This Mentored Research Scientist Development application (K01) will provide protected time for Dr. Matthew Pearson to develop a focused program of research in experimental psychopathology and its'application to the study of mechanisms of addictive behavior change.
The aims of the 5-year career development plan are tightly integrated and will increase knowledge and experience in the areas of 1) cognitive models of addiction and their applications for cognitive retraining approaches, 2) addiction neuroscience and neuroimaging techniques (i.e., functional magnetic resonance imaging, fMRI), 3) mechanisms of behavior change (i.e., affective, cognitive, and neurobiological),4) advanced quantitative methods of analyzing longitudinal data (e.g., growth mixture modeling), and 5) grant writing. The career development plan includes structured meetings with mentors;seven graduate level courses in neuroscience, cognitive psychology, and statistics;and attending relevant conferences and workshops to develop substantive expertise and advanced training in quantitative/research methods and statistical software use. Supporting the career aims, the research plan includes a meta-analysis (year 1), a systematic review (year 2), and one primary empirical study that includes self-report, behavioral, and neuroimaging measures (years 1-5). The meta-analysis will examine moderators of the efficacy of cognitive retraining on alcohol use, and the systematic review will integrate previous findings to summarize putative neurobiological mechanisms of behavior change following cognitive retraining. These research syntheses will serve to consolidate knowledge gains and to nest the results of the proposed research study into the broader literature. Timing and sequencing of the research plan is intended to consolidate and extend knowledge gains associated with planned career development activities. The proposed study will use a longitudinal experimental design (N~95) to examine the linkages between cognitive and neurobiological mechanisms of behavior change following attentional bias modification (vs. attentional bias control) or working memory training (vs. working memory control) developed to be delivered via a mobile electronic device (e.g., smart phone) in heavy drinking adults. Ecological momentary assessment methods will be used to examine psychological mechanisms of behavior change over a 4-week period of time (e.g., attentional bias) and fMRI will be used to examine neural mechanisms of behavior change (e.g., pre-post changes in cue-elicited neural activation in the ventral striatum). Secondary data analyses will also support the career development of the candidate over the entire course of the award. Dr. Katie Witkiewitz will be primary mentor and has recognized expertise in many areas specific to the aims of this application. Drs. J. Scott Tonigan and Eric Claus will serve as secondary mentors supporting the candidate in selected areas including grant writing, meta-analysis, and fMRI techniques. Drs. Marsha Bates and Reinout Wiers will serve as consultants and will assist Dr. Pearson to consolidate knowledge gains in neural mechanisms of behavior change and cognitive retraining methods.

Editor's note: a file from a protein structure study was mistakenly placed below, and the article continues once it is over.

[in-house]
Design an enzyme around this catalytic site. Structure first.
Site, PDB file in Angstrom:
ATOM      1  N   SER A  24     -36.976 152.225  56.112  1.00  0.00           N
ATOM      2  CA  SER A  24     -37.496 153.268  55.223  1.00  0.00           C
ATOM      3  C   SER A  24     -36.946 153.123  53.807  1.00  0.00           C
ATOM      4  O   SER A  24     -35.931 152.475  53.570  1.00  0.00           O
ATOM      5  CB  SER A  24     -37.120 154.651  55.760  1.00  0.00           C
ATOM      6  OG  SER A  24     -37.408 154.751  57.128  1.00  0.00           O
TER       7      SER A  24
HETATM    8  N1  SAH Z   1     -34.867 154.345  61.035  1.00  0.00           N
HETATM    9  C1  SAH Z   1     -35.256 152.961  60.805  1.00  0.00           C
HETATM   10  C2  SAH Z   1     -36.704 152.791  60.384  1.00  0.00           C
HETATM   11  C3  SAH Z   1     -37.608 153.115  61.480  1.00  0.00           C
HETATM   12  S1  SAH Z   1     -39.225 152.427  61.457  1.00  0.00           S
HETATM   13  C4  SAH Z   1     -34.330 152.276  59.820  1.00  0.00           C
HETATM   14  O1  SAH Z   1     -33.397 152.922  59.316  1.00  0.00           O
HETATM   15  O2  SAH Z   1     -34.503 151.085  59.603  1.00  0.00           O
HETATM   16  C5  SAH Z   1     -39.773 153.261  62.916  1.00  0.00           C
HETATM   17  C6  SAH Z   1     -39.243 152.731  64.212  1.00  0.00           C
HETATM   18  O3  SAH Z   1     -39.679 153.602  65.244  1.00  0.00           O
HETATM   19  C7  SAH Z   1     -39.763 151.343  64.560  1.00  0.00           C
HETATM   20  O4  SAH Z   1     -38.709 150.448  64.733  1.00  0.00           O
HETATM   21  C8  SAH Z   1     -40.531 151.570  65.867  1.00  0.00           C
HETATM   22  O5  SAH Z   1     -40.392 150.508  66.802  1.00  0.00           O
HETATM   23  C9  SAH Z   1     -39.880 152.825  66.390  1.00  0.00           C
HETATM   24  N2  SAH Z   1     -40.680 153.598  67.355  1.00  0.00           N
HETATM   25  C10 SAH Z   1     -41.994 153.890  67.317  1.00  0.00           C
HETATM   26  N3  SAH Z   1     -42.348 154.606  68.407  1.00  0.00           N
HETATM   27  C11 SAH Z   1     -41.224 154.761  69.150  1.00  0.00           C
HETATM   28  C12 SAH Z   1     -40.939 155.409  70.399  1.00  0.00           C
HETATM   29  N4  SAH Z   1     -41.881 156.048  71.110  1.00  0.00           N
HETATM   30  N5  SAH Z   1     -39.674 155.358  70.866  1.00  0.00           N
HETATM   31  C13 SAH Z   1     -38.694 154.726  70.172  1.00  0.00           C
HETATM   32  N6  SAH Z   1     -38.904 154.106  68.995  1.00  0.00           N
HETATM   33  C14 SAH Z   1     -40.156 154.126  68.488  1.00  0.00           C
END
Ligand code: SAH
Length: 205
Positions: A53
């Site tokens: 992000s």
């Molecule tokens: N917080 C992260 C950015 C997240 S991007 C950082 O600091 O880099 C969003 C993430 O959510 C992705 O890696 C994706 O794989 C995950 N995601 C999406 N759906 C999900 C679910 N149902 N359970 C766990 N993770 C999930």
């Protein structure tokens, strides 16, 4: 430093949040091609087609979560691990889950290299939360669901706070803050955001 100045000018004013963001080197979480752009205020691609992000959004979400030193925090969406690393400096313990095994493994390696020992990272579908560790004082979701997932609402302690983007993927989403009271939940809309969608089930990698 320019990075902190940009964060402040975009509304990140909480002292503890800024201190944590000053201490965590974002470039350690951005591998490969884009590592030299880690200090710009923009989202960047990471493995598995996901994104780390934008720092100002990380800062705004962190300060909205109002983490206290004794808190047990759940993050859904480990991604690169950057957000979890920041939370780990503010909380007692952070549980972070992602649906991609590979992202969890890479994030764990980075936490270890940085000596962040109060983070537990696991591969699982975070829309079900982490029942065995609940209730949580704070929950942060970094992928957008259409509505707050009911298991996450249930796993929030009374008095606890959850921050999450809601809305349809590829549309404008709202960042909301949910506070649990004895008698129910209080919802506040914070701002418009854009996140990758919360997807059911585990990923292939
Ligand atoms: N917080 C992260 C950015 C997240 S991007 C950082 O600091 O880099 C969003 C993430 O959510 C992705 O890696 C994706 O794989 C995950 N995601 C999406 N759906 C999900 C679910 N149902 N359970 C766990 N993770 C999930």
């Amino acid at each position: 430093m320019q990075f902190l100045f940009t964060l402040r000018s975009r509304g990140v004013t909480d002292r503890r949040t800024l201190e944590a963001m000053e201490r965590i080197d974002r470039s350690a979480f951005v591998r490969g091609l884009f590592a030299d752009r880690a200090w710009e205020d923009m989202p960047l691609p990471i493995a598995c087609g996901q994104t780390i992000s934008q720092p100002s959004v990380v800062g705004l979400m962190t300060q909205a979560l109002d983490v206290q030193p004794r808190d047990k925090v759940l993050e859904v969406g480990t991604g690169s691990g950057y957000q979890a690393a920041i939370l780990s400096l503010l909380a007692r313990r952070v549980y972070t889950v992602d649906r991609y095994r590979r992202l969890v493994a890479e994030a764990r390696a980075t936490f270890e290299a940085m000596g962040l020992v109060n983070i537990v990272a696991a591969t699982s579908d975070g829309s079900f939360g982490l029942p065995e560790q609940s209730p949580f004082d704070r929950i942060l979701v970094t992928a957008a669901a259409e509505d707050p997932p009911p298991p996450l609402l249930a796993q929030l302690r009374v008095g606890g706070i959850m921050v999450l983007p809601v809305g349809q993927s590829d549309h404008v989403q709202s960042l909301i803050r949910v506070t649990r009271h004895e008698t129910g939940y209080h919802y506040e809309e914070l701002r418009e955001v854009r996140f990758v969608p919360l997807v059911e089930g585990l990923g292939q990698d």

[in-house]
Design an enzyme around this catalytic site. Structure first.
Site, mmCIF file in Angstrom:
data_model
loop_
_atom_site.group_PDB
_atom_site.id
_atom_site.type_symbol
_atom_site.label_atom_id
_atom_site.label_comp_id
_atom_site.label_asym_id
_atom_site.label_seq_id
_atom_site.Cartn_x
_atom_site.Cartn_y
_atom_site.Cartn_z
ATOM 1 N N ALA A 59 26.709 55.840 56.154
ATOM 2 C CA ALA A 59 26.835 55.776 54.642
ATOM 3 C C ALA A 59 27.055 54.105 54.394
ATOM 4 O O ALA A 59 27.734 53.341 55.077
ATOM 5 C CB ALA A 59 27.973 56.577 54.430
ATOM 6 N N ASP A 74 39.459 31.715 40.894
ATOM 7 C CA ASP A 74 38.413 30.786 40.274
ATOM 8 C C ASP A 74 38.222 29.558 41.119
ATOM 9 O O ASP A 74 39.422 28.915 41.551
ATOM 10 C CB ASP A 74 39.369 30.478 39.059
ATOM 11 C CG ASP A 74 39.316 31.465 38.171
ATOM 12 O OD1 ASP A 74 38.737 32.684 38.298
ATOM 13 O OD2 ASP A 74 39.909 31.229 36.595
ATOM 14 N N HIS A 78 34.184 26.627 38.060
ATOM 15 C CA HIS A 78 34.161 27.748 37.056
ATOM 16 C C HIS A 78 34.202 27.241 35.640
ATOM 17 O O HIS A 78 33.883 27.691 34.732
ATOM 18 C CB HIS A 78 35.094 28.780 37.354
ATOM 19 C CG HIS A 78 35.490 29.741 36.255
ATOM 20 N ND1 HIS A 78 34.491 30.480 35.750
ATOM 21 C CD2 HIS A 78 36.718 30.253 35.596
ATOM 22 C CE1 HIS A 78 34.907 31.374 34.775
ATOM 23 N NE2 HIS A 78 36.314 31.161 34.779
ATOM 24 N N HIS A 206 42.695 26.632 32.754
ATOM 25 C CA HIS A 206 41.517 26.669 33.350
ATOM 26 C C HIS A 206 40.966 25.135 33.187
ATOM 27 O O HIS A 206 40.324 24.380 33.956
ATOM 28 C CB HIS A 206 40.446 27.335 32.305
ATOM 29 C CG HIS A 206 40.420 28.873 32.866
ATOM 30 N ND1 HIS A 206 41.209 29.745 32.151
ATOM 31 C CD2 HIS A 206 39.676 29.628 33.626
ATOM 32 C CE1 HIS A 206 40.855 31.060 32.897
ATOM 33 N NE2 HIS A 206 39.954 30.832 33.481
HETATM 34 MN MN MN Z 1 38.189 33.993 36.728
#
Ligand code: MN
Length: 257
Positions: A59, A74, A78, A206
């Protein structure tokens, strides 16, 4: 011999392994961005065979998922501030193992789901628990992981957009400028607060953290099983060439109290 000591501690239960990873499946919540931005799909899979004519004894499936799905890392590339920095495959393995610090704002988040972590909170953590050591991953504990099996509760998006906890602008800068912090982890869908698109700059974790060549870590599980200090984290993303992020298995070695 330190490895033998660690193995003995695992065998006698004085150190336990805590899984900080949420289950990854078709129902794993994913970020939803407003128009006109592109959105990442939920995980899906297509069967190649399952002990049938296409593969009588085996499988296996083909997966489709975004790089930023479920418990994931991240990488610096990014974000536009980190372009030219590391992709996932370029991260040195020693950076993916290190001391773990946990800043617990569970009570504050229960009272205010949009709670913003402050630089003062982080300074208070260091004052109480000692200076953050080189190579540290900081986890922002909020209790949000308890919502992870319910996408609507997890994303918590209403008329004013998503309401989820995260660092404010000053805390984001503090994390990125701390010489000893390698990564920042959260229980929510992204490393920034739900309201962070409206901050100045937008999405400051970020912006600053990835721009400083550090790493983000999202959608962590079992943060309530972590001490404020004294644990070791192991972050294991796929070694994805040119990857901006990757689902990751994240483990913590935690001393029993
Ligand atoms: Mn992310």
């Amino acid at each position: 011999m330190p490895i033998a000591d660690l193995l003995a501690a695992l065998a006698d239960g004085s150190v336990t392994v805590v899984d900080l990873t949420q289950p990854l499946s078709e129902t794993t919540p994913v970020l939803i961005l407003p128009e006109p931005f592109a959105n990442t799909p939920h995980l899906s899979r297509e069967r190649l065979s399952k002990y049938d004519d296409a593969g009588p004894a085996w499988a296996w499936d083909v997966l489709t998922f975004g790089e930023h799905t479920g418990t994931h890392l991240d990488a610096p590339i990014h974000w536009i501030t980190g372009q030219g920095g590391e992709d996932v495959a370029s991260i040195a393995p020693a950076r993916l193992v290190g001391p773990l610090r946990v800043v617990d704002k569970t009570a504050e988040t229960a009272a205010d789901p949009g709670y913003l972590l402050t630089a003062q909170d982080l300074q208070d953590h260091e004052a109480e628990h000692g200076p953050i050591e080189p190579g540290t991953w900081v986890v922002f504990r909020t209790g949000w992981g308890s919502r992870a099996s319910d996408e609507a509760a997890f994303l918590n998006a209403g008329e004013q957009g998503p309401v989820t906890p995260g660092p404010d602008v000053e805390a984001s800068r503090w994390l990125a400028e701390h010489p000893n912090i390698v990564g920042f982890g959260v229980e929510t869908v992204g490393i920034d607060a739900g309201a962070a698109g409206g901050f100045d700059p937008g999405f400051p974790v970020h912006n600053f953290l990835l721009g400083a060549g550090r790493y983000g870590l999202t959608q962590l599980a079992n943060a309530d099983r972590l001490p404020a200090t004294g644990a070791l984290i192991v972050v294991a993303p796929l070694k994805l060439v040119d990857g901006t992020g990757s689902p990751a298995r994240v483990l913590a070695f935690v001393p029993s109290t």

The career development plan includes training in neuroscience, cognitive psychology, and statistics to ensure the candidate can become a successful researcher studying mechanisms of behavior change in the field of addiction. The proposed research seeks to identify key neurobiological mechanisms of behavior change following cognitive interventions for alcohol misuse delivered via a mobile electronic device.
|Roos, Corey R; Pearson, Matthew R; Brown, David B (2015) Drinking motives mediate the negative associations between mindfulness facets and alcohol outcomes among college students. Psychol Addict Behav 29:176-83|